On the heels of the approval of new medications to treat hepatitis C, the World Health Organization has issued its first guidelines for the identification and treatment of this chronic infection.
The World Health Organization (WHO) has issued its first ever guidance for the screening, care, and treatment of hepatitis C, a chronic infection that affects an estimated 130 to 150 million people, and one that is responsible for 350,000 to 500,000 deaths a year.
The hepatitis C virus is usually transmitted through exposure to contaminated blood. People undergoing invasive medical procedures and therapeutic injections with poor infection control are at risk. And people exposed to contaminated needles and skin piercing equipment, including through illicit drug use, tattooing, and body piercing, can get hepatitis C.
The new guidelines, which come on the heels of the release of more effective and safer oral hepatitis drugs, offer nine key recommendations. These include approaches that could increase the number of people screened for hepatitis C, advice on how to mitigate liver damage in those who are infected, and guidance for how to select and provide appropriate treatments.
One recent drug to gain Food and Drug Administration (FDA) approval for hepatitis C is Janssen Therapeutics’ Olysio (simeprevir). The protease inhibitor was approved in November 2013 for the treatment of chronic hepatitis C (CHC) infections as part of a combination antiviral treatment regimen.
In December 2013, the FDA also gave the nod to Gilead’s sofosbuvir. The drug, marketed as Sovaldi, is a new generation of nucleotide polymerase inhibitors and boasts a cure rate as high as 95 percent.
Dr. Stefan Wiktor, who leads the WHO’s Global Hepatitis Program, said in a WHO press release that the new guidelines aim to help countries improve treatment and care for hepatitis, and thereby reduce deaths from liver cancer and cirrhosis.
“Hepatitis C treatment is currently unaffordable to most patients in need. The challenge now is to ensure that everyone who needs these drugs can access them,” Dr. Peter Beyer, senior advisor for the Essential Medicines and Health Products Department at the WHO, said in the statement.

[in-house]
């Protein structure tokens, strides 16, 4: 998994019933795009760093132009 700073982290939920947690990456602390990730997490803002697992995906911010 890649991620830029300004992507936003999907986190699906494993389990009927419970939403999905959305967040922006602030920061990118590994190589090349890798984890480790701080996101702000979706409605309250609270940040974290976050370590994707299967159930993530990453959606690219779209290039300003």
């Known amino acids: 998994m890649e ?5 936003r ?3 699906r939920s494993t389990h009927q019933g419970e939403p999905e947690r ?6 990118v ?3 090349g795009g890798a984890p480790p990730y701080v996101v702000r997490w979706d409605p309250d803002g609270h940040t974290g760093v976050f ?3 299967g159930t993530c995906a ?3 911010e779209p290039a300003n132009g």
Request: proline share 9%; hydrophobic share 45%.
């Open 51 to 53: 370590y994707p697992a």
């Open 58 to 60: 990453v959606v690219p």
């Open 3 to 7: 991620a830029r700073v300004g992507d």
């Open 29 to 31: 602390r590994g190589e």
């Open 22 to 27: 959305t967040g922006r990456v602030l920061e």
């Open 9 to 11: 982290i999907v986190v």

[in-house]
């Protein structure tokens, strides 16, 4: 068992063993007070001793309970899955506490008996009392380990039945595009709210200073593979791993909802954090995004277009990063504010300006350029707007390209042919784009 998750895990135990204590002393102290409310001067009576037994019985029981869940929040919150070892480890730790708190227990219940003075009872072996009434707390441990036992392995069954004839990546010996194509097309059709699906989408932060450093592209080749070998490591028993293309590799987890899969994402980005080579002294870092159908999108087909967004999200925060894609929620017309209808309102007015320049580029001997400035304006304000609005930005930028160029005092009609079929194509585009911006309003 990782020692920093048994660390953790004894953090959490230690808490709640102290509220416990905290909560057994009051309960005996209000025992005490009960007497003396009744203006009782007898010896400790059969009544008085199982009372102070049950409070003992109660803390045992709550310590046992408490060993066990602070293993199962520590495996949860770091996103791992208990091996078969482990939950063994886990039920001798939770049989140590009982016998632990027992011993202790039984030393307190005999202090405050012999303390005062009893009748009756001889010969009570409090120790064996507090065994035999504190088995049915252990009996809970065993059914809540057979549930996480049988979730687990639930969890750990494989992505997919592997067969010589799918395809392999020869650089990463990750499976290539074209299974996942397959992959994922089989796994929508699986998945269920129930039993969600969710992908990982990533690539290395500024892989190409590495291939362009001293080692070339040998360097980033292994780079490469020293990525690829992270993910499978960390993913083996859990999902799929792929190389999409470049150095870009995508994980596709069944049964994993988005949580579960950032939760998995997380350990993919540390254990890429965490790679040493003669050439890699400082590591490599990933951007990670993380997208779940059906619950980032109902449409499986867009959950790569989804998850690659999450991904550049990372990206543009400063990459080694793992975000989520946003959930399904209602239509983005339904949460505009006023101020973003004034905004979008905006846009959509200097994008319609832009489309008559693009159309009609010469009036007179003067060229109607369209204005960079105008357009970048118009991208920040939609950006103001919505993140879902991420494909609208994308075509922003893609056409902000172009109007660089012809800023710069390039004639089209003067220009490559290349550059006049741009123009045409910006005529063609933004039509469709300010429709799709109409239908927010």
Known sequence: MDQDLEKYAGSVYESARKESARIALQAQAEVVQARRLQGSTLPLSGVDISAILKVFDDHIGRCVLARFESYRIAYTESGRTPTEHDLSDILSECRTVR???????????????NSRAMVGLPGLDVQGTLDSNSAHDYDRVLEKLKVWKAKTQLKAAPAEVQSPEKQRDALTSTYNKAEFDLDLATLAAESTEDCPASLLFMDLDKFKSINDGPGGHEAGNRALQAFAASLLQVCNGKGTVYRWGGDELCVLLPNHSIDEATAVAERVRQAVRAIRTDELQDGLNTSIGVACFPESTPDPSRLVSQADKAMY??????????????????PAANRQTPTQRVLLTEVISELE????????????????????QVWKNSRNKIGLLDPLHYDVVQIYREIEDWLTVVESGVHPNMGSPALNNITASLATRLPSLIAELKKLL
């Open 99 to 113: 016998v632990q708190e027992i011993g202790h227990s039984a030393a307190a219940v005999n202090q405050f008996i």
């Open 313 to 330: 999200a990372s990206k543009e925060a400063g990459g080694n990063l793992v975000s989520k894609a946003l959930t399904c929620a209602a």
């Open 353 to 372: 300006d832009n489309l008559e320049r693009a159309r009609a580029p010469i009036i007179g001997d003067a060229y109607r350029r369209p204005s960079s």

Beyer went on to say that a multi-pronged strategy will be required to improve access to treatment, including creating demand for treatment by increasing the number of people screened for the infection.
What does the WHO recommend? The organization suggests a screening test for people who are considered at high risk for infection, followed by another test for those who screen positive.
The WHO also advises that people with chronic hepatitis C receive an alcohol assessment to gauge how much they drink, as alcohol can also damage the liver. In addition, the WHO urges that counseling be offered to reduce alcohol intake for people with moderate or high alcohol use.
What’s more, the guidelines provide advice on the selection of the most appropriate test to measure the degree of liver damage in those with chronic hepatitis C.
The guidelines also provide recommendations for existing treatments, including immune-suppressing interferon injections and the new pill regimens.
Emphasizing that many people remain unaware, sometimes for decades, that they are infected with hepatitis C, Dr. Andrew Ball, senior advisor for Policy, Strategy and Equity for the WHO’s HIV/AIDS Department said, “Today’s launch highlights the need for more awareness and education on hepatitis for the general public. Greater awareness on the risks associated with hepatitis C should lead to a demand for services and expansion of laboratory capacity and clinical services so that more people can be tested, treated, and cured.”